DEV Community

Srividya Mysore Venkatesh
Srividya Mysore Venkatesh

Posted on

Chapter 5: Higher-Order Functions.

Abstractions hide details and give us the ability to talk about problems at a higher (or more abstract) level.
It is a useful skill, in programming, to notice when you are working at too low a level of abstraction.

Plain functions, as we’ve seen them so far, are a good way to build abstractions. But sometimes they fall short.
This is structured a little like a for loop—it first describes the kind of loop and then provides a body. However, the body is now written as a function value, which is wrapped in the parentheses of the call to repeat. This is why it has to be closed with the closing brace and closing parenthesis.

Higher-Order Functions:
Functions that operate on other functions, either by taking them as arguments or by returning them, are called higher-order functions.
Higher-order functions allow us to abstract over actions, not just values. They come in several forms.
We can have functions that change other functions.
We can even write functions that provide new types of control flow.
There is a built-in array method, forEach, that provides something like a for/of loop as a higher-order function.

Script Data Set:
One area where higher-order functions shine is data processing.
This chapter will use a data set about scripts—writing systems such as Latin, Cyrillic, or Arabic.

The example data set contains some pieces of information about the 140 scripts defined in Unicode.Such an object tells us the name of the script, the Unicode ranges assigned to it, the direction in which it is written, the (approximate) origin time, whether it is still in use, and a link to more information.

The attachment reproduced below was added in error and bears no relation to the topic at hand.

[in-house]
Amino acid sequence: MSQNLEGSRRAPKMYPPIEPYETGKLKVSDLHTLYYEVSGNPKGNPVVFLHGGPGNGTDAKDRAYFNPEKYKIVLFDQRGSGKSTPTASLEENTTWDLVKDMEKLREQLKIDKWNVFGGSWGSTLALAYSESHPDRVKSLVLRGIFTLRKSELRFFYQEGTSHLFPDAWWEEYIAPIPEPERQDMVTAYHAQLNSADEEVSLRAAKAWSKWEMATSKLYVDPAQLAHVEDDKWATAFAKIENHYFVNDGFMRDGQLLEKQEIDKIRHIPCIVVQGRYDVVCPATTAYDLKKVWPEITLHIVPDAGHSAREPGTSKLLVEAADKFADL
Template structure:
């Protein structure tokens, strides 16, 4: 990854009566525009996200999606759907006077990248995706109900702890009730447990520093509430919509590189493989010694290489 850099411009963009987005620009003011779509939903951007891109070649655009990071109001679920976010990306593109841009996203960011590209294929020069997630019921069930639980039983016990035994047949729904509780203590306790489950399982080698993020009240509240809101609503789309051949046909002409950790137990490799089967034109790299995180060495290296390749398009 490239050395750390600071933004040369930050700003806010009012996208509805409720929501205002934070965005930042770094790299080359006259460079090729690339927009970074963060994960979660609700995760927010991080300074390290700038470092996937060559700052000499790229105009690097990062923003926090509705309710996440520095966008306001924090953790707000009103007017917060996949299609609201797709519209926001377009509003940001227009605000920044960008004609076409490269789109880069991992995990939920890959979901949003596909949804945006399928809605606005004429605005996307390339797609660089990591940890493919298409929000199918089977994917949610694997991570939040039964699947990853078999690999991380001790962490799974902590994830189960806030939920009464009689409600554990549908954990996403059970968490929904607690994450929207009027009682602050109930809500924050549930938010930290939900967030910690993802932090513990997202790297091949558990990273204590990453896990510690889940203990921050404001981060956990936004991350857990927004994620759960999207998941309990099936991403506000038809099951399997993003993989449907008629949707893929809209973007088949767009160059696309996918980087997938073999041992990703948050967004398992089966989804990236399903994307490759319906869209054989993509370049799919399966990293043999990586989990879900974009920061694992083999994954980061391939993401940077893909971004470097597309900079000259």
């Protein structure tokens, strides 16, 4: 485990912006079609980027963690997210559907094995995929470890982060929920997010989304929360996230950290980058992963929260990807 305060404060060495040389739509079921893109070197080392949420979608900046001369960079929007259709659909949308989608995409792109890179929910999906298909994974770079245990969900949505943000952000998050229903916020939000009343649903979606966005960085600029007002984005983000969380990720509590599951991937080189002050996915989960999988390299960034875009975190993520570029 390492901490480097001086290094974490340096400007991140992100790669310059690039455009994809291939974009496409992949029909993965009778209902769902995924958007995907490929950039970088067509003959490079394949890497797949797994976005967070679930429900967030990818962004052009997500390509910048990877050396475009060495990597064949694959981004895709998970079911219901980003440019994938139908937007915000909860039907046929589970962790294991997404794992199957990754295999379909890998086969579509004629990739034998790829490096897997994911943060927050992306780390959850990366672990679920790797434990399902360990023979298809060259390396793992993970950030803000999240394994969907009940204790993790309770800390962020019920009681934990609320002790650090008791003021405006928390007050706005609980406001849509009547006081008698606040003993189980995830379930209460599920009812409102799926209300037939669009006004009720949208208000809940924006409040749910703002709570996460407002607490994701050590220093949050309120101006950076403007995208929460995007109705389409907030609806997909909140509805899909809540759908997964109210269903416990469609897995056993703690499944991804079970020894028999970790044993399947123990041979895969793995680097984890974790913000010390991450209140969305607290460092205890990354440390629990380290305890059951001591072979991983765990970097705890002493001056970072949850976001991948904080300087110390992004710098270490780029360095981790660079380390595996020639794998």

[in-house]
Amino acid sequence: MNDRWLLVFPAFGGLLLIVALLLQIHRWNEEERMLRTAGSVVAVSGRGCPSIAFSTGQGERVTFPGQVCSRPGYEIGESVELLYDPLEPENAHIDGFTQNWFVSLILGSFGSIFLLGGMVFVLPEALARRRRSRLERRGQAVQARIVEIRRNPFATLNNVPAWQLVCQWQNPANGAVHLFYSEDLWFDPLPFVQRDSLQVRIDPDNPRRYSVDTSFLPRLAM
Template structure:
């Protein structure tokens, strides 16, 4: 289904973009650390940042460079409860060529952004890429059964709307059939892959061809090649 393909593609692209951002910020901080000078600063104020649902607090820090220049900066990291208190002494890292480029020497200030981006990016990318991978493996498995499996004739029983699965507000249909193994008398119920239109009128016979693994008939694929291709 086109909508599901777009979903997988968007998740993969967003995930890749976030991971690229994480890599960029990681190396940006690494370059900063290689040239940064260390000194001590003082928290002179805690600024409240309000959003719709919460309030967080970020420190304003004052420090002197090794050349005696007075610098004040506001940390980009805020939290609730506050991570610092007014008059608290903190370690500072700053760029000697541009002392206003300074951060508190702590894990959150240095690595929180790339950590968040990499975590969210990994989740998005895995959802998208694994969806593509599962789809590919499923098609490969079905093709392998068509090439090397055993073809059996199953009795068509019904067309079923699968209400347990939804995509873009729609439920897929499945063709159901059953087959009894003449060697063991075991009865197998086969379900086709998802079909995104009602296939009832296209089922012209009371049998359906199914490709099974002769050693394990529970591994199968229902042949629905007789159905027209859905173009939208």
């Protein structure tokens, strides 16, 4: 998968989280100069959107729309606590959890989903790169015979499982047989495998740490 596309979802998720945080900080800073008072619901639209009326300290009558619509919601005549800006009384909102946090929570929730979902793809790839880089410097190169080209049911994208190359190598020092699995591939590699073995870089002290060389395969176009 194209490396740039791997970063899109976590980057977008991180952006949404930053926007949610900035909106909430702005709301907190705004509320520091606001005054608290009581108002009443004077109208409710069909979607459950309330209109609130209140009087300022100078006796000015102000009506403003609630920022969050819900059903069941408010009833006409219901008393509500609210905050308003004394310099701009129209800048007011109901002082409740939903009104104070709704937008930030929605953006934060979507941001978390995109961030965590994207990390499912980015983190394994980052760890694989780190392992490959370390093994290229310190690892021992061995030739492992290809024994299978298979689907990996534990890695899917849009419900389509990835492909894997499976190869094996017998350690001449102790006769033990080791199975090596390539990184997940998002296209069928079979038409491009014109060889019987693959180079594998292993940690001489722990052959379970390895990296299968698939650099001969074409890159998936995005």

The direction may be "ltr" for left to right, "rtl" for right to left (the way Arabic and Hebrew text are written), or "ttb" for top to bottom (as with Mongolian writing).

Filtering Arrays:
Filtering arrays just work like a seive. But just that The function to filter is pure. filter function, rather than deleting elements from the existing array, builds up a new array with only the elements that pass the test.It does noy modify the parent array.

Transforming With Map:
To Map an array means to have another same array but at another location.
The map method transforms an array by applying a function to all of its elements and building a new array from the returned values. The new array will have the same length as the input array, but its content will have been mapped to a new form by the function.

Summarising with Readuce:
Another common thing to do with arrays is to compute a single value from them. The higher-order operation that represents this pattern is called reduce (sometimes also called fold). It builds a value by repeatedly taking a single element from the array and combining it with the current value. When summing numbers, you’d start with the number zero and, for each element, add that to the sum.

String and Character Codes:
One use of the data set would be figuring out what script a piece of text is using.

JavaScript strings are encoded as a sequence of 16-bit numbers. These are called code units. A Unicode character code was initially supposed to fit within such a unit (which gives you a little over 65,000 characters). When it became clear that wasn’t going to be enough, many people balked at the need to use more memory per character. To address these concerns, UTF-16, the format used by JavaScript strings, was invented. It describes most common characters using a single 16-bit code unit but uses a pair of two such units for others.
But UTF-16 is a bad bad idea today.

Recognizing Text:
We have a characterScript function and a way to correctly loop over characters. The next step is to count the characters that belong to each script.

for/of) and a function that computes a group name for a given element. It returns an array of objects, each of which names a group and tells you the number of elements that were found in that group.

It uses another array method—findIndex. This method is somewhat like indexOf, but instead of looking for a specific value, it finds the first value for which the given function returns true. Like indexOf, it returns -1 when no such element is found.

Happy Reading!
(Yes this was a little flat read will make sure blog six is entertaining)

Top comments (0)